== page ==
the old farm shop
pricing & availability
Kings Manor is 5 minutes drive from the Yarmouth ferry terminal, 40 minutes from Wootton or Cowes.
Driving off the ferry you turn right at the roundabout and cross the bridge (A3054 going west). Proceed about a mile up the hill. The last ¾ mile of the hill is steep with two sharp bends. At the top turn left into Pixley Hill. Follow this road for nearly 1 mile.
The farm entrance is a narrow lane on the left immediately after Ronstan Gardens and directly opposite Regina Road. There is a sign at the entrance of the lane that says; 'Eco Friendly Camping/The Really Green Holiday Company'. Follow the farm track round to the left and Kings Orchard is situated on its own on the right behind a beech hedge approx 200 meters after the bend. For Kings Lodge and Estuary Cottage, continue on taking the right fork where the track splits. This will take you into the farmyard and Estuary Cottage is straight ahead and Kings Lodge is a little further on the right. Parking for both properties is by the wall to the left of Estuary Cottage.
Do not rely on sat nav! It will take you to the wrong place.
We are situated in the West Wight between Yarmouth and Freshwater. The nearest pub and shop are a short walk into Freshwater and nearby Yarmouth has some superb restaurants.
West Wight is an Area of Outstanding Natural Beauty. This area is the least developed part of the Isle of Wight with an abundance of pretty villages, green space and eroding cliffs. The area is ideal for walkers, cyclists, horse riders, sailors and families alike, and provides stunning sea views, coastal scenery and a variety of beaches.
Yarmouth is small and quaint and is the oldest town on the Isle of Wight. Its busy harbour is a haven for all kinds of watercraft, with the terminal used for regular mainland ferry crossings. Yarmouth's narrow streets are home to an array of shops (visit the iconic ‘Harwoods of Yarmouth’) and inns and Henry VIII Yarmouth Castle is worth a visit.
The spectacular Freshwater Bay is easily recognised by its chalk cliffs and the imposing “Stag” and “Mermaid” rocks that sit at the edge of the coast, which are a magnet for photographers. There is a fantastic pebble beach, which is popular all year round, and from here, you can access the coastal path in either direction.
Tennyson Down (named after the local poet Alfred Tennyson) rises above Freshwater is worth the steep walk as it opens up to some of the best views on the Isle of Wight. At the top of the downs you will find the striking granite cross of the Tennyson monument. This path also runs along to the Needles.
The Iconic Needles and lighthouse at Alum Bay is the most westerly point on the island. There is lots to see and do here, starting with a visit to the Needles Old Battery, a Victorian fort built in 1862 and used throughout both World Wars. A small exhibition in the underground rooms of The New Battery, further up the headland, reveals the astonishing and little-known story of Britain's Cold War 'race for space', when British-made rockets were tested here under conditions of great secrecy. There are fantastic walks that boast the best views on the island. The park itself offers a number of additional attractions: the famous chair lift, sand filling shop, adventure golf, open top bus rides, boat trips, a traditional family Carousel, Victorian games, amusement park and a 4D cinema experience.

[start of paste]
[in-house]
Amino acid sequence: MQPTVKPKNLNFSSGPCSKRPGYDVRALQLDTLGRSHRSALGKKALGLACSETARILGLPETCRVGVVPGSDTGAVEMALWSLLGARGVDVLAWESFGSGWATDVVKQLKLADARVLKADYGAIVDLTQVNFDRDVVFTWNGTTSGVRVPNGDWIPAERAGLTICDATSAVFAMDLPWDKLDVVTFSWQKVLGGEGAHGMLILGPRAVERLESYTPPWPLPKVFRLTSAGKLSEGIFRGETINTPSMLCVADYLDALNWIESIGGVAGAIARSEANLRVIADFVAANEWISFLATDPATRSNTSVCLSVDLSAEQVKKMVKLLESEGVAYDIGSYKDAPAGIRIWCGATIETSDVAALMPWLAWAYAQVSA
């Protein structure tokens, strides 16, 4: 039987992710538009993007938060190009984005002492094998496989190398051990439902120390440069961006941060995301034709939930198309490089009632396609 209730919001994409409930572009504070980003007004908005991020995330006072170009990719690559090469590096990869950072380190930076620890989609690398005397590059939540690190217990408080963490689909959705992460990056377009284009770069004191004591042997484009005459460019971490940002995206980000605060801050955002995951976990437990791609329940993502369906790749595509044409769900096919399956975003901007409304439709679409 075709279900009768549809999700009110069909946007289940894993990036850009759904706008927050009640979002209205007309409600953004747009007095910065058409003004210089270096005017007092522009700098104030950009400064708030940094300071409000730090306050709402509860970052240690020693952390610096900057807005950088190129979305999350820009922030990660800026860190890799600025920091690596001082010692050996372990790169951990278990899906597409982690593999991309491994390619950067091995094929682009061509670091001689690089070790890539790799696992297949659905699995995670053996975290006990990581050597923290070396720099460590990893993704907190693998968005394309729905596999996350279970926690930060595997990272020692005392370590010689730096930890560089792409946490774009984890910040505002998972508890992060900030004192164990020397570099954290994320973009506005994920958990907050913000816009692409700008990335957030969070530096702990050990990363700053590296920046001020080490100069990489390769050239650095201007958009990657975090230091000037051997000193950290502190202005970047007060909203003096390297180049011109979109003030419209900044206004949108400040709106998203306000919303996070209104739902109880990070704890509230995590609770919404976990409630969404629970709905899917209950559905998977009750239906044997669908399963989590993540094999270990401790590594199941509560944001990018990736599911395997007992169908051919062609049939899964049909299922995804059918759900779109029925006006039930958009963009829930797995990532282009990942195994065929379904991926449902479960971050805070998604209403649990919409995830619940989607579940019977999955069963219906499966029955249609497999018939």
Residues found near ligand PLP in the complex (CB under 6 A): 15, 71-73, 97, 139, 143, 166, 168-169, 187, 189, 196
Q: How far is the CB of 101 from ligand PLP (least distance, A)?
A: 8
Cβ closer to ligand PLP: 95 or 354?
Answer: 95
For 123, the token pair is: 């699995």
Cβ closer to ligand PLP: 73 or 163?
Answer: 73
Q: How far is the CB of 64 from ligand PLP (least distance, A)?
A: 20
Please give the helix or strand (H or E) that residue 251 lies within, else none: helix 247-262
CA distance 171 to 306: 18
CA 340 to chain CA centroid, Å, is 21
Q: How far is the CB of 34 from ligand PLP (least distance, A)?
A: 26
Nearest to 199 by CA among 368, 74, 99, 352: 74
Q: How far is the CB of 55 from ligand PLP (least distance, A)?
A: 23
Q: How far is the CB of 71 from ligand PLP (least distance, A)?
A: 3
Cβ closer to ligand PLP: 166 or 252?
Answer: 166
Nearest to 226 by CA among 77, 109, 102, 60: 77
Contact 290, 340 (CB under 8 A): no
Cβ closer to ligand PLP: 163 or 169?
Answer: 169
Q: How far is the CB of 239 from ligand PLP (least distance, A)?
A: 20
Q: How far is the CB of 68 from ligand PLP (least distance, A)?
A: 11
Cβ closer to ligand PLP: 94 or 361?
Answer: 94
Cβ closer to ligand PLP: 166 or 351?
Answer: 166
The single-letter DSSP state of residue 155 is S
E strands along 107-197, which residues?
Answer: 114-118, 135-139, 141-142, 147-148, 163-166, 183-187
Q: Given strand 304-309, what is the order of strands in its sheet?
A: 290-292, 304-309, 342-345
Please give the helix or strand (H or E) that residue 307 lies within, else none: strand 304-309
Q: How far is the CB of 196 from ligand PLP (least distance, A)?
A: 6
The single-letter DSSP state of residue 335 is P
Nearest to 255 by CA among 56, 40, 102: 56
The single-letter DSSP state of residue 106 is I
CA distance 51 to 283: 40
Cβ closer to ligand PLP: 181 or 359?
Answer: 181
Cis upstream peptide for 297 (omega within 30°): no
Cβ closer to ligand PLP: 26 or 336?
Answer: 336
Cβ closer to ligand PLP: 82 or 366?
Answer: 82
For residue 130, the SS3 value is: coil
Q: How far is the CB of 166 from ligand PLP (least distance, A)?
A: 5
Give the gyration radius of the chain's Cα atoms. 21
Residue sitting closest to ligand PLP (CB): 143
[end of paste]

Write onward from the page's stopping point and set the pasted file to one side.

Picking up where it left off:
Freshwater Bay golf course (one mile away) is one of the most spectacular courses in the UK. Set on the downlands overlooking the English Channel, this seaside links style golf course is 5,725 yards long, par 69 which provides a challenge for golfers of all abilities.
Compton beach is probably the best swimming and surfing beach on the island and is a further 5-minute drive from Freshwater. It’s famous for dinosaur fossils; go there at low tide and see if you can find the two enormous three-toed feet. Dogs are allowed on this beach from the end of September – 1st May. Nearby Totland and Colwell provide peaceful sandy beaches for swimming, sandcastles and rock pooling.
The island can also be explored from the open-top buses that stop regularly at various pick up points across the island. Other places worth a visit include; Fort Victoria (nr Yarmouth), Blackgang Chine (the oldest themed attraction in the UK), the 17th-century Calbourne Water Mill, Carisbrooke Castle, Osborne House and Gardens, Ventnor Botanical Gardens, Isle of Wight Pearl, Dinosaur Isle and a donkey sanctuary, and much more.
The Isle of Wight is a walker’s paradise, filled with over 500 miles of footpaths across contrasting landscapes and beaches, making it the ideal place for a walking holiday or break. As mentioned on the home page, the main Yar estuary circular footpath runs through the property and connects with tracks that lead to the downs and the renowned Isle of Wight footpath/bridleway network.
If you’re horsey, the Isle of Wight has some of the most beautiful, accessible and diverse landscapes to enjoy on horseback. The Island offers excellent riding over many terrains; downland, forest, beaches and there are a few cross-country courses dotted around too. There are 165 miles of bridleways and 29 miles of byways to explore and we are located minutes from the downs and the bridleways of West Wight. We can provide stabling for your horse if required. Hill Farm riding stables is very close and offers escorted hacks & trekking.
For those who are keen on bird watching, the Yar estuary plays host to numerous Teal and Widgeon, but also less common visitors such as Brent Goose, Redshank, Red -breasted Merganser, Shoveler, Curlew, Shelduck, numerous Little Egrets and there’s even a resident Kingfisher. Access to the river gives ample opportunity to spot these magnificent creatures.